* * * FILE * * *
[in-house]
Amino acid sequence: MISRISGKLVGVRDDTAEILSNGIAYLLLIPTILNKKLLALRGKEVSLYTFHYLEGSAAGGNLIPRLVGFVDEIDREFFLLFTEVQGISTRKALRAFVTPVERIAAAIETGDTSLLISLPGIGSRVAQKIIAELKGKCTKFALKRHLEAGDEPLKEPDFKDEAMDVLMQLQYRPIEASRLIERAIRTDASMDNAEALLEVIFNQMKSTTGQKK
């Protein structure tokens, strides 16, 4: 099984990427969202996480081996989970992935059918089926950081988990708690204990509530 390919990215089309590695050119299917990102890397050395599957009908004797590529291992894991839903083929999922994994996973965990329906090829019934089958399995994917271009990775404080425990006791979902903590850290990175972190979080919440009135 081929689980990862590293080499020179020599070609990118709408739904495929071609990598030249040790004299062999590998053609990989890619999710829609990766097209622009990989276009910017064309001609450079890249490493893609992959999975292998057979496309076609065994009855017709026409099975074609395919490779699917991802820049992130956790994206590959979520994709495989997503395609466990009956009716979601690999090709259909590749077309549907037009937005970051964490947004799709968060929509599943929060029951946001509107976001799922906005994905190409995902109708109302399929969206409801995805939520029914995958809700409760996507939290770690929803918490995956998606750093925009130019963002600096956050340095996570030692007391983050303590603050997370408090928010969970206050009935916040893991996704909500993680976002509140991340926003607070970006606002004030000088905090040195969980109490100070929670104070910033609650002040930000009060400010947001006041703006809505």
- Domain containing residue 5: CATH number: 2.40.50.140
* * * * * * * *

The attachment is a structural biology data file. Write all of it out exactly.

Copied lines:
[in-house]
Amino acid sequence: MISRISGKLVGVRDDTAEILSNGIAYLLLIPTILNKKLLALRGKEVSLYTFHYLEGSAAGGNLIPRLVGFVDEIDREFFLLFTEVQGISTRKALRAFVTPVERIAAAIETGDTSLLISLPGIGSRVAQKIIAELKGKCTKFALKRHLEAGDEPLKEPDFKDEAMDVLMQLQYRPIEASRLIERAIRTDASMDNAEALLEVIFNQMKSTTGQKK
């Protein structure tokens, strides 16, 4: 099984990427969202996480081996989970992935059918089926950081988990708690204990509530 390919990215089309590695050119299917990102890397050395599957009908004797590529291992894991839903083929999922994994996973965990329906090829019934089958399995994917271009990775404080425990006791979902903590850290990175972190979080919440009135 081929689980990862590293080499020179020599070609990118709408739904495929071609990598030249040790004299062999590998053609990989890619999710829609990766097209622009990989276009910017064309001609450079890249490493893609992959999975292998057979496309076609065994009855017709026409099975074609395919490779699917991802820049992130956790994206590959979520994709495989997503395609466990009956009716979601690999090709259909590749077309549907037009937005970051964490947004799709968060929509599943929060029951946001509107976001799922906005994905190409995902109708109302399929969206409801995805939520029914995958809700409760996507939290770690929803918490995956998606750093925009130019963002600096956050340095996570030692007391983050303590603050997370408090928010969970206050009935916040893991996704909500993680976002509140991340926003607070970006606002004030000088905090040195969980109490100070929670104070910033609650002040930000009060400010947001006041703006809505």
- Domain containing residue 5: CATH number: 2.40.50.140